"I don't know. That's what we tried to do. Well, you obviously take some liberties when you are recording. There are some overdubbed vocals, and some effects like opening a can of coke that you can't do live! Other than that, we just used our live set-up. There are no overdubs, except for the ones you can hear!"

While the recording process was somewhat smooth, the band have been sitting on the album for a while, somewhat to Stephen's frustration.

"It kind of busted my balls! We had the album recorded since January. I got a mastering package for my computer and it took me two and a half months to master the album. We got to do some touring to promote the album before we release it, as we have to show the distributors something. It'll be in all independent record shops soon. We're going to initially get one thousand run, so we'll have to see how it goes. I don't want boxes full of CDs under my bed either. In terms of taking it outside Ireland, ourselves and Out On A Limb are going to have to go back to the distributors about that".

Over the past year and a half, Giveamanakick seem to be one of the Limerick bands that are doing the most gigging. Does Stephen feel that this experience helped them trash out their album in double-quick time, and what kind of response have they been getting?

"Well, we've only played outside Limerick a few times - twice in Galway, once in Dublin and once in Longford. In Dublin it was a bit weird. When I was with Tooth for example, it was always weird when we played there. The crowds always seem to stand back more than the crowds in Limerick. Still, we got a cool reaction as nobody left, and nobody wanted to beat us up! Galway was brilliant, as was Longford. I'd love to tour more but I don't want to play in Limerick too much, as people would end up getting sick of us. We won't be playing until we launch the album on 3 July. That's going to be at the Globe. CDs will be on sale and all of that, and we are going to have the place all done up! There's no support act for that gig, it's just going to be one huge Giveamanakick party! We're going to have a club afterwards, and hopefully we'll have some special guest djs. The following night we are playing in Ballymahon in Longford, then it's on to Dublin on the 9th to play the Music Room, Galway (Pacino's) on the 10th, Cork (the Gasworks) on the 11th, and then we are coming back on the Saturday (12th) to do an all ages show at the Globe".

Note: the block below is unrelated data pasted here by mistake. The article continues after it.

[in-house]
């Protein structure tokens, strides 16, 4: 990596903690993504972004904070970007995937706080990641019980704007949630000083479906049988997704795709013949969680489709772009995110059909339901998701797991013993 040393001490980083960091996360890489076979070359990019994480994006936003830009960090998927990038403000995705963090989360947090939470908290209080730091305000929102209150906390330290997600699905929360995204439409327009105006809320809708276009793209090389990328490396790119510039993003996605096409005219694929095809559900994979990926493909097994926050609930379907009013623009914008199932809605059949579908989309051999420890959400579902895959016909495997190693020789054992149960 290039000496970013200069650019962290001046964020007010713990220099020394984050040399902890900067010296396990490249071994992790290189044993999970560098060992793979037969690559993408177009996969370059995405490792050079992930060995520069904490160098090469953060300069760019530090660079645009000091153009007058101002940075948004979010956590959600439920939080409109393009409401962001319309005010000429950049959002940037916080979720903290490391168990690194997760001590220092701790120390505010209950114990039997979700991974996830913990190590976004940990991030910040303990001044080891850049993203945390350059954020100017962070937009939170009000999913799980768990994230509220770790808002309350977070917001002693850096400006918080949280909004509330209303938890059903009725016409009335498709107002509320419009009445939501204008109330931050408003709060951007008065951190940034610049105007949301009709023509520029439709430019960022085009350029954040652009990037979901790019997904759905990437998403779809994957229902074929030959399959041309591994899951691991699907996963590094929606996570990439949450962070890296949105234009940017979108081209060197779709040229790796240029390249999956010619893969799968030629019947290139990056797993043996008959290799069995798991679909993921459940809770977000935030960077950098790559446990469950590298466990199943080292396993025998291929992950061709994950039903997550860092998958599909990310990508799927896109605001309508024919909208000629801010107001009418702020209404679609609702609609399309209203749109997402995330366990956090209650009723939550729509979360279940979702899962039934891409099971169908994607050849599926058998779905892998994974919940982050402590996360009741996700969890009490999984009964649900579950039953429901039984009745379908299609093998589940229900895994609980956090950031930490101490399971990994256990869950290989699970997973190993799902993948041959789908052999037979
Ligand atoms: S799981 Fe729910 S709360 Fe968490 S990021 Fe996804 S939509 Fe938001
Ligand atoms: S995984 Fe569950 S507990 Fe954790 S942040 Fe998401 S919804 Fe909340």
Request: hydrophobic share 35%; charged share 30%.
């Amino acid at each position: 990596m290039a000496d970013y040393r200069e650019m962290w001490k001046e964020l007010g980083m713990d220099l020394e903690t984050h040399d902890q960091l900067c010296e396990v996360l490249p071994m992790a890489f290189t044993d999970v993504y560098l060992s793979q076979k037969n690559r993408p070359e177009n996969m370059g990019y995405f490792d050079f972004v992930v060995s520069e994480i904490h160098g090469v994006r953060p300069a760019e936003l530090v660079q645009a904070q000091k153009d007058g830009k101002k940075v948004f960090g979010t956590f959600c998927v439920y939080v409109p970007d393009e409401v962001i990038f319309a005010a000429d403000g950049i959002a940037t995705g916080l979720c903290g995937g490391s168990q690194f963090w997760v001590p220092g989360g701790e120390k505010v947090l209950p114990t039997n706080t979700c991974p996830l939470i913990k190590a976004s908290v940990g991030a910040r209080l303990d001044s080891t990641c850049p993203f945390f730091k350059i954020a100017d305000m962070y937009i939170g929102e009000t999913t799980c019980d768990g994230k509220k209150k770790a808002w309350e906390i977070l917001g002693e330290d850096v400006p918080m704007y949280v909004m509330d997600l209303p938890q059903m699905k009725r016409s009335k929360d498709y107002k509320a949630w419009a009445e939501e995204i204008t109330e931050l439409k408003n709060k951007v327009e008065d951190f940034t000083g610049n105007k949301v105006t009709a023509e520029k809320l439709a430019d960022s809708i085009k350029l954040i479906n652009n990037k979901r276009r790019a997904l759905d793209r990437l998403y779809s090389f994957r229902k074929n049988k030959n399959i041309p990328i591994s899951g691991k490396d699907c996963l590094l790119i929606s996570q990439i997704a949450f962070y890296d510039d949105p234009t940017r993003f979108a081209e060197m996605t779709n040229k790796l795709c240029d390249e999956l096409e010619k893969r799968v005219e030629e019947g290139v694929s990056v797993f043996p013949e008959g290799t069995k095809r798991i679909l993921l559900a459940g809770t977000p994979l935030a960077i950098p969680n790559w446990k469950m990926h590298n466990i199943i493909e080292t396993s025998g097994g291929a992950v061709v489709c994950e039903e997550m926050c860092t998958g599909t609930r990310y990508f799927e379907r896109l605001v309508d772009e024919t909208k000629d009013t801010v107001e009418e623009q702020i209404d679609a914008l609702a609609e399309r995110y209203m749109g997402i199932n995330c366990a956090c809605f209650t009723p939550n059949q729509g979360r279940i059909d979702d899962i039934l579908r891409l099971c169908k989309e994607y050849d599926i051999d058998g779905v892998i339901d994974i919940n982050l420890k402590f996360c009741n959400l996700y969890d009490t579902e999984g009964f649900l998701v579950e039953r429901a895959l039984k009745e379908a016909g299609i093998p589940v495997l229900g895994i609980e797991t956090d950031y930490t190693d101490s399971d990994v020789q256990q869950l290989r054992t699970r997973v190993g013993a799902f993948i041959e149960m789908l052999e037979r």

Quite a lot of their live appearances have come in the form of a list of somewhat envious support slots, playing with the likes of The Icarus Line, Ex-Girl, Yeah Yeah Yeahs, The Soledad Brothers and Rocket From The Crypt. One such support slot, as Stephen tells me, could land the band with some invaluable touring.

"Electric Eel Shock. They are currently flavour of the month in Fly magazine. We hadn't a clue what they sounded like because they didn't even sound-check. There was a brand new P.A. in the High Stool, and we were on first. We were happy enough with the gig, even though nobody could hear us! Then EES came on, and they were just brilliant. We were talking to their tour manager, and we are going to be doing a tour with them in Ireland in late August, hopefully".

Finally, to draw on the title of one of Giveamanakick's glorious numbers, why should people "Say no to sports"?

"I dunno", laughs Stephen. "I suppose in Ireland, you are either really in to music or sports. I never really played sport, but I don't have any problem with those who do! People probably shouldn't say no to sports. Ger Canning didn't and look at him!

Even Mr Canning would probably be in the same corner as good ol' JC himself - When Giveamanakick are the band in question, loud is always good!

Giveamanakick were interviewed by Ciaran Ryan

(bullet) "Is it ok to be loud, Jesus?" will be launched at the Globe on Thursday, 3 July 2003.
(bullet) Click here for a review of the Giveamanakick album 'Is it ok to be loud, Jesus?'